Thursday, October 2, 2008

Hunter -- 09/28/08

Today was the worst day ever for Hunter and me. I am typing with a dislocated finger because of our travails. My name must be Earl, because I guess Karma caught up with us to even out yesterday's great day. Either that or it is Newton's third law. Or maybe the second law of thermodynamics. They are all in effect today.

It went like this:

The family that will probably adopt Meghan has hired me to train them all to be good horse owners. Especially, they want their two girls, age 10 and 14, to become competent riders. So they all came, Dad, Mom, the sisters. After I trained the girls to safely brush Hunter and move about a horse properly, I went to the house to get a penicillin injection for mare Keisha, who has been 'snotting' lately. I thought it was a unique opportunity for them to learn about giving an injection. I was gone only moments and the mom comes limping up, white-faced and bleeding from a gash in her leg. She had run against a metal stake that held a newly planted tree. I grabbed the first aid kit and Scott dashed off to get my sister the nurse. She returned to dress the wound to ready the lady for the hospital. Keisha did get her shot, one child did get to sit on her, but it was not the joyful day I had hoped for. The poor mom ended up with 8 stitches.

I thought my mind was on working with Hunter after they left, but I guess it was distracted by the accident. I made a huge mistake. As I worked Hunter for the first time on the lunge on his near side, I snapped the whip to keep him moving when he tried to stop. Didn't touch him, just unthinkingly treated him like one of the seasoned horses. SwoooooTOCK! went the whip. In the air went Hunter. He banged his nose hard on the stud chain, jerked the lead out of my hand and took off.

I never, ever wind the lead around my hand and I didn't this time either. It was a freak thing. I was holding the end of the lead (I had been lunging him only at a walk on a long lead strap, not a lunge line) and the end that had been folded over and sewn somehow came through my hand with such force as to dislocate my left middle finger at the last joint. I have a form of arthritis that attacks my cartilage. Had this happened to a normal person, I don't think they would have been staring at a finger that now canted at a 45 degree angle at the tip. In the meantime Hunter is desperately wanting back in the fence and stomping on the lead, thus banging his poor nose even more and running like the devil wanted a bite out of him. So I grabbed the finger, reset it...ow ow ow ow OW.... and walked after the poor boy.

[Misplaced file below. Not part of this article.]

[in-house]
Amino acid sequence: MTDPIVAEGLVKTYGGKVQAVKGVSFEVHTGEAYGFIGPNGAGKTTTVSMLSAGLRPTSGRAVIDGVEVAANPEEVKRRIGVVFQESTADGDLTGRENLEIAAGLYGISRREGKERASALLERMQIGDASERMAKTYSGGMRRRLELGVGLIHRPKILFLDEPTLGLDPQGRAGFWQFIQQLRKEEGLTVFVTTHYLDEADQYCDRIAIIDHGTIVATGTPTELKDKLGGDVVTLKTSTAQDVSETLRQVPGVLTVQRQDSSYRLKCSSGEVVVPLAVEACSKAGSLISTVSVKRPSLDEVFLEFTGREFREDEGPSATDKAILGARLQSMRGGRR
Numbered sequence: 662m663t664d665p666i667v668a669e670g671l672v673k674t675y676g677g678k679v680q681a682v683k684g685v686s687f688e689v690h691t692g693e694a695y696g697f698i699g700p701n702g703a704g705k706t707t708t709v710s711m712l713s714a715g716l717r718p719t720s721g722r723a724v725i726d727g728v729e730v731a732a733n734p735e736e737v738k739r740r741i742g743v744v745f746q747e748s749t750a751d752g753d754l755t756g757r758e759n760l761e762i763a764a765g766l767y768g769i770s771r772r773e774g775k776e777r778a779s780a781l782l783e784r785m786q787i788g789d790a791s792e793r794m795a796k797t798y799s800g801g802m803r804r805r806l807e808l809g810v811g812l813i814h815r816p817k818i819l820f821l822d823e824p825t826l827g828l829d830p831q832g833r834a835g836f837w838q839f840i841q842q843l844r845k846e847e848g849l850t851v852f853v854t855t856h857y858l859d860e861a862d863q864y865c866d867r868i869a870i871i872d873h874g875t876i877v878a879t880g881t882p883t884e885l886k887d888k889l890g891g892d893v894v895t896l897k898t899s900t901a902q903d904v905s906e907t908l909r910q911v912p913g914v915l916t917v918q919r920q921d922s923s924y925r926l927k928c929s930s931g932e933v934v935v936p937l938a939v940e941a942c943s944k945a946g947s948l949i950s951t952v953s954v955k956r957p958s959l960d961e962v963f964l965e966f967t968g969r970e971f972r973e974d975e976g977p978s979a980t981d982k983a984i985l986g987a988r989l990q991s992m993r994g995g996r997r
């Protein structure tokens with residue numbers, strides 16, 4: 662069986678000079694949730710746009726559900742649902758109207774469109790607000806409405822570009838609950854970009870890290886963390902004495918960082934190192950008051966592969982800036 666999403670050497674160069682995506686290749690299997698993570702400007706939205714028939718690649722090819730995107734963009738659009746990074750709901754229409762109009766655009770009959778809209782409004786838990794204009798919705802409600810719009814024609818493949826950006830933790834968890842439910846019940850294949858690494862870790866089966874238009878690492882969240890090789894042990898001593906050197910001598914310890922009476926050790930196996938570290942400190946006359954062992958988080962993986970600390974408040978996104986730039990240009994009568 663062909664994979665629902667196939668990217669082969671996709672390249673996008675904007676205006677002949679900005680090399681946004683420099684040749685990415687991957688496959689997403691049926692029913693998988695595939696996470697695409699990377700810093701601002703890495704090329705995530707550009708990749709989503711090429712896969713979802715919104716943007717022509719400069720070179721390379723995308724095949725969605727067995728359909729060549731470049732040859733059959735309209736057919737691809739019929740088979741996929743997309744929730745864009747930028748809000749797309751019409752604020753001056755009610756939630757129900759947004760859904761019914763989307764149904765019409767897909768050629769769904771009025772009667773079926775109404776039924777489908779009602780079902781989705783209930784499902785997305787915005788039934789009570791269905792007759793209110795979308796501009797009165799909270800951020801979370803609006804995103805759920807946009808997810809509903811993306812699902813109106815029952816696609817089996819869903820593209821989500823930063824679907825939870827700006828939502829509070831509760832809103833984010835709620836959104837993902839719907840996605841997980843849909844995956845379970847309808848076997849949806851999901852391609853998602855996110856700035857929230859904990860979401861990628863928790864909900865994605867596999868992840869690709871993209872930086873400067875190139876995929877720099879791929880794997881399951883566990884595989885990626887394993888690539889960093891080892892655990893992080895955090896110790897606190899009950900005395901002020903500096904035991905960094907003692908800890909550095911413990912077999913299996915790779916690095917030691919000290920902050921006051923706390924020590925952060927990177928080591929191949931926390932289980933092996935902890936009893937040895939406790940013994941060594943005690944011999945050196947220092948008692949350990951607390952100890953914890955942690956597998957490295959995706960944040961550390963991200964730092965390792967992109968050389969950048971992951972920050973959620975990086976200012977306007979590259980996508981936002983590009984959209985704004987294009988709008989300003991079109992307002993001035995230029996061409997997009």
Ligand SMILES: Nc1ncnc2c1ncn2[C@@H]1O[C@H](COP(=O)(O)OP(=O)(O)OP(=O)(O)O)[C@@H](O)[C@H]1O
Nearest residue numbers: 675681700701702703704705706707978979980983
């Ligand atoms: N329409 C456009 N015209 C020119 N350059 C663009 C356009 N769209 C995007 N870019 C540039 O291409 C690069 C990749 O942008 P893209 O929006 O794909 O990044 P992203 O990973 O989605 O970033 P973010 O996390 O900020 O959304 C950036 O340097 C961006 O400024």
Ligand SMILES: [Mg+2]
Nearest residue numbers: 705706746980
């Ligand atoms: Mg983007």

I never chase a horse. Keisha would just think it was jolly fun. Joe, our old Appy would run because he would be trying to escape whatever I must be escaping from. Ike would run because he would think he was going to get a beating based on his past. No horse I ever met responds well to running after them. So I went slowly to catch him. Oh poor little Hunter! Whatever happened to you that made you think I would kill you if you got caught? I have never been anything but kind to him and you would have thought I beat him hourly as panicked as he was. I finally was able to get him and he was visibly relieved.

We could NOT end this on such a bad note. I led him back to the training area where we continued with lunging for a few minutes without further incident. I then went to things he knew well so there would be excuses for lots of petting and praise, finally leading him into the pasture where he did everything politely. I released him and he literally thundered back to the herd and the comfort of his own species.

It was then I saw blood on me. Whose blood???? The poor lady's, or Hunter's or mine? I haven't figured out whose. I am a reasonably competent horsewoman and I still got hurt. The lessons? Keep first aid supplies handy;you never know when you will really need them. When things go badly in training - and they will sometimes - always drop back to a topic in which the horse can reach success so you end on a good note. Never have your mind on something else when training a horse....even a very good horse. That is the lesson I forgot.

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